Loudness often comes at the expense of punch and dynamics

The loudness war

A lot has been said about the topic of music getting louder over time and the impact it’s had on the music industry and the listener.

But if for some reason you haven’t heard about it yet, here’s the basic idea:

Mixing and mastering engineers have always liked things loud, but with the advent of digital lookahead limiters in the CD era, loudness became an arms race.

The theory was that listeners would instinctively prefer the sound of CDs that delivered a louder signal to their speakers—especially if they were shuffling tracks across different albums on multi-cd changers (remember those!?).

So mastering engineers kept pushing their masters closer and closer to 0 dBFS.

Eventually the loudness craze culminated in a series of notoriously over-compressed records that prompted a backlash from listeners and the pro audio community.

Today, the average level that streaming services can actually send to your speakers is more or less standardized.

Today, the average level that streaming services can actually send to your speakers is more or less standardized.

That means that on Spotify, the 2003 remaster of Thriller won’t actually output a louder signal than the original 1982 master.

Without the extra loudness to trick our brains, the extra compressed masters sound flat, fatiguing and not very pleasant.

And that’s a good thing for listeners. There’s no longer any reason to compromise the punch and dynamic liveliness of your master just to gain yet another thousandth of a dB of loudness.

Loudness and LANDR

So where does LANDR stand in the aftermath of the loudness war?

Before we get too far let’s make one thing clear—Loudness isn’t evil. Loud masters can sound great, as long as they’re not completely squashed with compression.

Loud masters can sound great, as long as they’re not completely squashed with compression.

Loudness definitely has its place in the musical landscape. Certain styles and genres require maximum loudness, while others need delicate dynamics.

That’s where mastering intensities come in. LANDR mastering styles offers 3 different intensity settings that cover a broad range of loudness and dynamics.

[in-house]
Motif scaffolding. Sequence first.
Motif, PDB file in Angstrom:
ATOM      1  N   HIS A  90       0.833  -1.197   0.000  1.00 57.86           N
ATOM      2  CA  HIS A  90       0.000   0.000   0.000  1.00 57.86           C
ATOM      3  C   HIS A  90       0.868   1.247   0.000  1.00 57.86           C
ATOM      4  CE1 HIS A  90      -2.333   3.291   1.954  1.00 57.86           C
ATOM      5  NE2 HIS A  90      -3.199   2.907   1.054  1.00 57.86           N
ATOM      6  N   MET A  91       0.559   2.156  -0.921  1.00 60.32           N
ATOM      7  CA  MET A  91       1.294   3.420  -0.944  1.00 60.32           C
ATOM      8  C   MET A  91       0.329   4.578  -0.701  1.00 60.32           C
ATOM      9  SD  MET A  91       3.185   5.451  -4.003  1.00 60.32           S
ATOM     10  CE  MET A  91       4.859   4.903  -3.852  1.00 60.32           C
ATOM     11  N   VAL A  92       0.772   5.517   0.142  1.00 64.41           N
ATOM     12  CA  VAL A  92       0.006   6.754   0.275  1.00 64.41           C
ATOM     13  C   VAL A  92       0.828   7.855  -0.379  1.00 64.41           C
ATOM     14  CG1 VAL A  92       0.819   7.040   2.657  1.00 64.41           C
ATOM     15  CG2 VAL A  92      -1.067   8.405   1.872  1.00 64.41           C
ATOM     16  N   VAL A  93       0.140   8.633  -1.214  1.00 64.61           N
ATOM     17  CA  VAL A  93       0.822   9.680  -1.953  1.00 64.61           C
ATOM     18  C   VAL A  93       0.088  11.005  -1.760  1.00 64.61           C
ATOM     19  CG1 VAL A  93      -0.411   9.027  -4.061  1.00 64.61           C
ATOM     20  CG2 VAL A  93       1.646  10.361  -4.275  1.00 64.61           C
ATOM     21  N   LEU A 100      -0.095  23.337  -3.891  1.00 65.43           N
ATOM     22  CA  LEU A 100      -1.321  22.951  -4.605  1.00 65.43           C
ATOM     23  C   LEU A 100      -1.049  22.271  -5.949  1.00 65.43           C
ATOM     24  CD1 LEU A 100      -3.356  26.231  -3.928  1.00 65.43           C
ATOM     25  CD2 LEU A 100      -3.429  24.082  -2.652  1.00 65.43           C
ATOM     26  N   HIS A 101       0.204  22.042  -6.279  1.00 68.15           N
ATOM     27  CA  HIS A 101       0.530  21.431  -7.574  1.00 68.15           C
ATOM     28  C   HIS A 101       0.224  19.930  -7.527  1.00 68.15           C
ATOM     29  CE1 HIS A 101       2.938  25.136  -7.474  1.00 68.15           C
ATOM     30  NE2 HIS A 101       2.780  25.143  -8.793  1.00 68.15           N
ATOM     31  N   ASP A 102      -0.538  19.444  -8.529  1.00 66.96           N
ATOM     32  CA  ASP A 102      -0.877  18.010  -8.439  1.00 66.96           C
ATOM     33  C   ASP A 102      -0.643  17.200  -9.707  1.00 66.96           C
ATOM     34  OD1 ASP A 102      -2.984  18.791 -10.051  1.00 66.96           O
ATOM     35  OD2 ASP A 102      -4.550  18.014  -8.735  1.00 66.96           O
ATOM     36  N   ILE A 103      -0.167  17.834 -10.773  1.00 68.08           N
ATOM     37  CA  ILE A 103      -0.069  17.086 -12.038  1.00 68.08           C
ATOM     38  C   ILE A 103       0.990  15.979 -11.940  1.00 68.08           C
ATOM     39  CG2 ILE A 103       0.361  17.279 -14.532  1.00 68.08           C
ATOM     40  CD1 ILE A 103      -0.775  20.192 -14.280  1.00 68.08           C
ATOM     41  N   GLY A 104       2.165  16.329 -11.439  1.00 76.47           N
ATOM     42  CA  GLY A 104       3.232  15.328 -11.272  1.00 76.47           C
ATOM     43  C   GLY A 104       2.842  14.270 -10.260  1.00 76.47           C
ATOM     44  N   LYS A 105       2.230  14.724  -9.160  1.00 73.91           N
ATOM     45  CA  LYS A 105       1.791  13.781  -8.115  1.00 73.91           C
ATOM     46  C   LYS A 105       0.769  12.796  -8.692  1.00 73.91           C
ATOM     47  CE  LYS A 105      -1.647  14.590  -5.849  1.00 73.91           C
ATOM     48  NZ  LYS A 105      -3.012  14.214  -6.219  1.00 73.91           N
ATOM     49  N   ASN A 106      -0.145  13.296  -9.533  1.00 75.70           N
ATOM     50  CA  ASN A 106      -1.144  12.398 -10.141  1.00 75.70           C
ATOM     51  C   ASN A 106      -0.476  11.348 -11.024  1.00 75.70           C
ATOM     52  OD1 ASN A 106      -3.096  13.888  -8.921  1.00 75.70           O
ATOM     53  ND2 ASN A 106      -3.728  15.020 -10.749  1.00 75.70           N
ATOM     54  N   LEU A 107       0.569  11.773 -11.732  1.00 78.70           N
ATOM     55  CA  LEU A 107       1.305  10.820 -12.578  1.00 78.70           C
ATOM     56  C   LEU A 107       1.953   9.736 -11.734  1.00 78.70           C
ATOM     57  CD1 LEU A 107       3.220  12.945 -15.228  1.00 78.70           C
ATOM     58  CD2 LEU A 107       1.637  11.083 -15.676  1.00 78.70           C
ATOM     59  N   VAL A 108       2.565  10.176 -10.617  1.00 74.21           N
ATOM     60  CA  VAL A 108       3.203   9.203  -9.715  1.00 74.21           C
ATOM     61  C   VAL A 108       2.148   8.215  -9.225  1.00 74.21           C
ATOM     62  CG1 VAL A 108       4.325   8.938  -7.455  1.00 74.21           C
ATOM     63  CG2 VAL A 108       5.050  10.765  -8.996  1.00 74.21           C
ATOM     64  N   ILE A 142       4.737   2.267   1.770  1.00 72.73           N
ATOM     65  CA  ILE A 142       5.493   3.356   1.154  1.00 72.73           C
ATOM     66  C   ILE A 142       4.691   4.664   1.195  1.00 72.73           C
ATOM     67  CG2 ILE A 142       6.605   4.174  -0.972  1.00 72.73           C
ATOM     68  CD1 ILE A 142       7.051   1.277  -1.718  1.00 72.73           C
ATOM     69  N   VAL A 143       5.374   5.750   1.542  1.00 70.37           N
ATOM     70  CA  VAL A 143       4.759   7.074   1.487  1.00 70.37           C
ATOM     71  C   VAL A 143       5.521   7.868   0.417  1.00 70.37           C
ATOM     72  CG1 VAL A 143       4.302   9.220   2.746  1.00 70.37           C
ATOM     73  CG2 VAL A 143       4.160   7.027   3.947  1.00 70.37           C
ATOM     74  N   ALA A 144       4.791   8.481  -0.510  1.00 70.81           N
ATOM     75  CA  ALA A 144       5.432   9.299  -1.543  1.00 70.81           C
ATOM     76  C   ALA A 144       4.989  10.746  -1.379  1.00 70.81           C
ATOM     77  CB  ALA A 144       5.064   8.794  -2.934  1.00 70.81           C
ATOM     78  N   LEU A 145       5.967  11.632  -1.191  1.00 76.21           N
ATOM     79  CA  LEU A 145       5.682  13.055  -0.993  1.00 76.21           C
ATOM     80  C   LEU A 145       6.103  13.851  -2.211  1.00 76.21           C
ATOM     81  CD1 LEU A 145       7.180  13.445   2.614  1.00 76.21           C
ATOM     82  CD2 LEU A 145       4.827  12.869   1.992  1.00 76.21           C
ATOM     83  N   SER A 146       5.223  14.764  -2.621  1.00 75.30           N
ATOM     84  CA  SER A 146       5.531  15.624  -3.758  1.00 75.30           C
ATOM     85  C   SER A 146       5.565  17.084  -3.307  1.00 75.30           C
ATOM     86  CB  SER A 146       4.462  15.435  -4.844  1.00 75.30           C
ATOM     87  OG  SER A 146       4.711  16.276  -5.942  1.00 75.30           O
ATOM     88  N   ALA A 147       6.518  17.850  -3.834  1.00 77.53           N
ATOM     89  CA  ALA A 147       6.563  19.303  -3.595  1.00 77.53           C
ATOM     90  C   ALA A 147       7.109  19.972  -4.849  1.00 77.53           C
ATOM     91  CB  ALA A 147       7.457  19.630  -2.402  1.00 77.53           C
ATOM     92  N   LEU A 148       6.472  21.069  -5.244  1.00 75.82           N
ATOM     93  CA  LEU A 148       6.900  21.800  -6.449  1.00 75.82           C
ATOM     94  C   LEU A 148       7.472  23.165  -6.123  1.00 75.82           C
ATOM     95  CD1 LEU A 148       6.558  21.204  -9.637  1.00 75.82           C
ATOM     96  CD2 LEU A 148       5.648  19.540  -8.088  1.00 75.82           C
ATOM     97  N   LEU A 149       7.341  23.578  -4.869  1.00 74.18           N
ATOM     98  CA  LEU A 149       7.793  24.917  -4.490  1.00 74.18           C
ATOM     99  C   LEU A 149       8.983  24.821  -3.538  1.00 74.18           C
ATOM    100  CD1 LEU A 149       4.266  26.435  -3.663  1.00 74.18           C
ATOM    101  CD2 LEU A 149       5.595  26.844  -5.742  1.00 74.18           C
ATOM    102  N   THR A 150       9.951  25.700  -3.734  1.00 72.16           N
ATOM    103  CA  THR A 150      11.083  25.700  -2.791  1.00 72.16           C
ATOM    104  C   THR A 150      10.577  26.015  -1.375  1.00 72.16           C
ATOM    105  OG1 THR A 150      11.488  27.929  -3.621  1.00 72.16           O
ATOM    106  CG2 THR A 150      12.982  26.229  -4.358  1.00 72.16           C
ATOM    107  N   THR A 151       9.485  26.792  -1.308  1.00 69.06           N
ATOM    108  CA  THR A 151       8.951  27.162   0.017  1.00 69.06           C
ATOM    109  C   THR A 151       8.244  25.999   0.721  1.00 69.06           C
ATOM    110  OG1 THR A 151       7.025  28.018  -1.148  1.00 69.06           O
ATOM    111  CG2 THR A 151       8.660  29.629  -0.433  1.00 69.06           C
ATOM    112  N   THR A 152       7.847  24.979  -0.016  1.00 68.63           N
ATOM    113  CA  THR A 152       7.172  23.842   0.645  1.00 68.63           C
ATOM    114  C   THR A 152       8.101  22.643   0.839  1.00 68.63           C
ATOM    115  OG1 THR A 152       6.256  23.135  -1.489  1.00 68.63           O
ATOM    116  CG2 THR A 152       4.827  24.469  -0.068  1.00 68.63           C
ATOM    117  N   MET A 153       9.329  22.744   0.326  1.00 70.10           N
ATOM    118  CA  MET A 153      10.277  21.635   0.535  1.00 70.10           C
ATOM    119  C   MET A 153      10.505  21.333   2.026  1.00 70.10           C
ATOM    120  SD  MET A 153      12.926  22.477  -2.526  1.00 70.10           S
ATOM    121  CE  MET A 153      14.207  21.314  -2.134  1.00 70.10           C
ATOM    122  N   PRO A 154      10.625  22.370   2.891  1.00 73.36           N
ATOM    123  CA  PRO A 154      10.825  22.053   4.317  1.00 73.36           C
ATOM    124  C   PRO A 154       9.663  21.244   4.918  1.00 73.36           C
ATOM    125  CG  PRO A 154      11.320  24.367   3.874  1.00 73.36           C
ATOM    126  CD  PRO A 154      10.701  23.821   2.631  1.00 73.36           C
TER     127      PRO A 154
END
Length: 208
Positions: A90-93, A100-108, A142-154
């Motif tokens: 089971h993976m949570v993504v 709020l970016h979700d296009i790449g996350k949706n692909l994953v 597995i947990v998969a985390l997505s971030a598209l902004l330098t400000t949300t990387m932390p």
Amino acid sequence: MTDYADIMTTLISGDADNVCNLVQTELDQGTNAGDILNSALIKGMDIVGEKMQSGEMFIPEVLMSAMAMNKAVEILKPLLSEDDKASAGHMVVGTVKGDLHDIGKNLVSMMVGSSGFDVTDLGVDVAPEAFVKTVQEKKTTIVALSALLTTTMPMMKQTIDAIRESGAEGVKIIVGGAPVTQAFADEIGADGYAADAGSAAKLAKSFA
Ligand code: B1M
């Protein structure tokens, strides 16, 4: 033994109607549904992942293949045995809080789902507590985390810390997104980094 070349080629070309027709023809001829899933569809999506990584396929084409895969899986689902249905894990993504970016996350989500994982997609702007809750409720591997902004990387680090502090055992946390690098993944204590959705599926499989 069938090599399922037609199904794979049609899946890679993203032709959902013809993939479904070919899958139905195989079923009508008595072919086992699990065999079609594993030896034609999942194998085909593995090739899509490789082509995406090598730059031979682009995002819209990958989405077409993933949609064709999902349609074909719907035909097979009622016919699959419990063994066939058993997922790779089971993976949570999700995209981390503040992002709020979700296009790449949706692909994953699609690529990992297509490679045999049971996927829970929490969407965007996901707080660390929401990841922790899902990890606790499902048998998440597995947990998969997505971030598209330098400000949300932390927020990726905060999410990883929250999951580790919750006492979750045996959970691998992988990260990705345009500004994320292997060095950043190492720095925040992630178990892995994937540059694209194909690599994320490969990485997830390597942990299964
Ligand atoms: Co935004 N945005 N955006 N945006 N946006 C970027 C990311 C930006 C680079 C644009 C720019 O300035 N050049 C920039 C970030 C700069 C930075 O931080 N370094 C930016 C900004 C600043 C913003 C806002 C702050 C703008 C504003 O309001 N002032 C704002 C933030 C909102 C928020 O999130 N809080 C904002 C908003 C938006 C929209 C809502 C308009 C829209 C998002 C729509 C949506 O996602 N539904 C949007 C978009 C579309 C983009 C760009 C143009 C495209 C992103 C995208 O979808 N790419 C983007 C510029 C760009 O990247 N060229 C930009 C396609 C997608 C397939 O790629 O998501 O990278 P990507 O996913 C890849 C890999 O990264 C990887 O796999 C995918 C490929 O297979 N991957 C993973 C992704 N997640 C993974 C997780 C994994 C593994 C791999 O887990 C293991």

• Lo: A lighter touch that preserves dynamic balance
  • Med: Commercial loudness without sacrificing punch and impact
  • Hi: Maximum loudness that preserves detail

Lo is the least compressed, so it’s also the most dynamic—and the least loud. It’s perfect for acoustic music or anything where natural dynamics are important.

Med is right down the middle, balancing loudness with dynamic range. It doesn’t have the effects of intense compression, but it won’t be as loud as possible. When in doubt, Med is a good starting point for most tracks.

Hi is the most intense. The compression is heavy but satisfying with no compromises on loudness. I use Hi whenever I’m working with genres that need to be loud to compete.

But the only way to know for sure is to master a track and use your ears to find the intensity that fits your sound.

Thinking out loudness

There’s so many opinions out there that loudness has turned into a lightning rod for the audio community.

But it’s not as scary as it sounds. Loudness is a basic property of audio, and its role in mastering is worth taking the time to understand.

Take the time to apply different intensities to different versions of your tracks. You’ll get a better understanding of how loudness levels impact your own recordings.

Now that you have your head around loudness, master some tracks and hear it for yourself.

The post Loudness 101: How Mastering Levels Affect Your Sound appeared first on LANDR Blog.